Hello Slushies. Do you see the string? Past the blooming peonies and fungus gnats? Follow us into the labyrinth of our minds as we discuss the work of Eric Stiefel. You may need to brush up on your Greek mythology and Italian literature as a guide. A discussion about various versions of ourselves turns into discussion of an app that animates photographs of faces and National Mason Jar Day (November 30th). And, maybe, the only way out of the labyrinth of the mind is to open your mouth only to forget what you were going to say.
If there was a national day to celebrate you, what would you want people to do that day?
Eric Stiefel is a poet and critic living in Athens, Ohio with his dog, Violet. He teaches at Ohio University, where he is also pursuing a PhD. His recent work has appeared or is forthcoming in Apple Valley Review, Prism Review, The Literary Review, Tupelo Quarterly, Frontier Poetry, and elsewhere.
At This Point, I’d Take Anything
A claw of thread’s all it takes to follow one thought to the next—
when West killed himself I didn’t say his name out loud for months,
though most days I still lean forward and pull my head back as if some spectral hand pulls my chin taut and points my gaze to the life
he abandoned inside this house of chaos we call everyday or otherwise inscrutable, my shoulders trembling like stained glass, the same way,
I imagine, Theseus trembled as his father threw himself to the rocks, not long after he left Ariadne sleeping on a beach made of coral and grit,
the mind displaced while the body stays behind, the breath clipped short and calcified, strung up in the overgrown garden Dante held back for suicides,
while, in some version of the myth, Ariadne became a god, goddess of serpents and twine and everything tangled, winged beasts hovering on the fringe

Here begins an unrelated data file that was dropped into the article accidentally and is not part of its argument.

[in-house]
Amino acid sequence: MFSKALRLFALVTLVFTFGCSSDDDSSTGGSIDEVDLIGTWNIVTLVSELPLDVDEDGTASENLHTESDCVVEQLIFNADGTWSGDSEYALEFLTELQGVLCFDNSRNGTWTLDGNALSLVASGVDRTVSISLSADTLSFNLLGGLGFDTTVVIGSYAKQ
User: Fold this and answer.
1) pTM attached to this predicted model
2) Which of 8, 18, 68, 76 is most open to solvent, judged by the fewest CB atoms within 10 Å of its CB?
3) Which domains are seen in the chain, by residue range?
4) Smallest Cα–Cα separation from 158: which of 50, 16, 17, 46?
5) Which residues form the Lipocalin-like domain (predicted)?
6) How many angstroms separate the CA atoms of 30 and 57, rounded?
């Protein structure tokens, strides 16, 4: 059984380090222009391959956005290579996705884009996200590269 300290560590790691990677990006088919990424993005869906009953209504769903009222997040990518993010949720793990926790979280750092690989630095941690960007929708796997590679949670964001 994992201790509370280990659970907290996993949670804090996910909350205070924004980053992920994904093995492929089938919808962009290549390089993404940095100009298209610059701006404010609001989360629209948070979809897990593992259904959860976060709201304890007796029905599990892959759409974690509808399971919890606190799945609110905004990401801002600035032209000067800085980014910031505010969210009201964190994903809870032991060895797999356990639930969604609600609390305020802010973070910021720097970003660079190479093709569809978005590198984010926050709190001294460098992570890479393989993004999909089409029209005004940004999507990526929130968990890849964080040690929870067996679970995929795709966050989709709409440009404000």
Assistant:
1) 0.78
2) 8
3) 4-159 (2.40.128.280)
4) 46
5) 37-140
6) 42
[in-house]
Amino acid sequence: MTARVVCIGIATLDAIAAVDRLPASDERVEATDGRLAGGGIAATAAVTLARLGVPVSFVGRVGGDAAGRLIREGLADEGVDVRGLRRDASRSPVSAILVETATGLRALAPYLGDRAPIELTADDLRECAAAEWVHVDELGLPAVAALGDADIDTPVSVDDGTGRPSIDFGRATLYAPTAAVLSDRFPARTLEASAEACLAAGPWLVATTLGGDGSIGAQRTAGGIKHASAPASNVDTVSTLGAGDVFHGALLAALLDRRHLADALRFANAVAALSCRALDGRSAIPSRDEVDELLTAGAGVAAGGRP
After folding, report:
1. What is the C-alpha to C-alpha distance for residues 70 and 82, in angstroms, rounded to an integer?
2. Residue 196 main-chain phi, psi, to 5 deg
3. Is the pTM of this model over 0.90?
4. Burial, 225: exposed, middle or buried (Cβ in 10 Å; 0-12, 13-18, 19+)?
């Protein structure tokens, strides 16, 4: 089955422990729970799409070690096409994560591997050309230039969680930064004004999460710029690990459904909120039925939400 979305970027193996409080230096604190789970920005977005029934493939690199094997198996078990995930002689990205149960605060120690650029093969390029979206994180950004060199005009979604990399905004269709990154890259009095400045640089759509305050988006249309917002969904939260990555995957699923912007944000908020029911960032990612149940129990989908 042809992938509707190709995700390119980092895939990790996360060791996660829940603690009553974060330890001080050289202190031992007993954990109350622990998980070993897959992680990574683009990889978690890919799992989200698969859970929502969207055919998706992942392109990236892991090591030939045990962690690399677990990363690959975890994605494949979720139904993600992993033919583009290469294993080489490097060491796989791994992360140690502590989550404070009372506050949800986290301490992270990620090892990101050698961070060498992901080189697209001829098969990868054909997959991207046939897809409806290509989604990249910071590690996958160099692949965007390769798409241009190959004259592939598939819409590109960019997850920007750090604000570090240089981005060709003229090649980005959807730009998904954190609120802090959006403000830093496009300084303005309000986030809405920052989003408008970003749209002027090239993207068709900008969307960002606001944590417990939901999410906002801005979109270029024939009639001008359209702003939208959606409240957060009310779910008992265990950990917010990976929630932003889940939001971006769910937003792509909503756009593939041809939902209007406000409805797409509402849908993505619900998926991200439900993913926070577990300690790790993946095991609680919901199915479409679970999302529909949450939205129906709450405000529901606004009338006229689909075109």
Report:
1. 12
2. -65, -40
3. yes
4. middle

of knowing one way or the other, gloating on the worn-out roots of the trees we’ll be burdened to, until I’m sitting on the floor in front of a coffee table
pleading first with myself and then everything else, this skeleton of history and an infinity of arrangements of the stars for an answer of some kind—
at this point, I’d take anything that masquerades as understanding like a barrel to my chest, something to cradle off into the murk and the shadows of the night.
Each time I kill one of my old selves—or more often let him loose into the static—I stumble on his shade sometime later, often when the seasons have changed and the lilacs have withered so that they, too, no longer resemble their former selves—
He was there, right there, standing in front of the meat market, with a ring of brass keys in his hand, just watching
as the pedestrians idled by—
and I start to ask if I would recognize myself if seen
from any real distance, or would it all just blur, terribly,
so that there could be no gesture, no omen or ominous figure lurking in the corner of one’s eye, and what
would I do then, what jar would I keep the days in, and how would I order them or else unravel further into a blizzard of ideas, and then what sense could I make of this before suddenly drifting away?
If It’s True of Human Nature
Actually, I hate the flowers—
now that the birds have vanished, as the last clouds drain away and a thin light winnows down where a grove of bees used to flourish—
and if you spoke to me of cruelty, I’d think about primrose in winter, lying dormant in the dirt, holding itself frozen, while the leaves left on the surface lose themself to rot—
I’ve been bestial and cunning, the way
ㅤㅤㅤㅤㅤㅤa troop of foxes conspires to survive the snow,
as winter moths lay havoc on landscapes of white trees—
and if you spoke softly, I might learn to trust you, even fold as a feathered wing, knowing that you might hurt me
ㅤㅤㅤㅤㅤㅤand that that hurt might be a kind of devotion
that we couldn’t explain, as the roof dulls the raindrops above us into something bearable,
ㅤㅤㅤㅤㅤㅤas if we could know
the limits of what we could bear—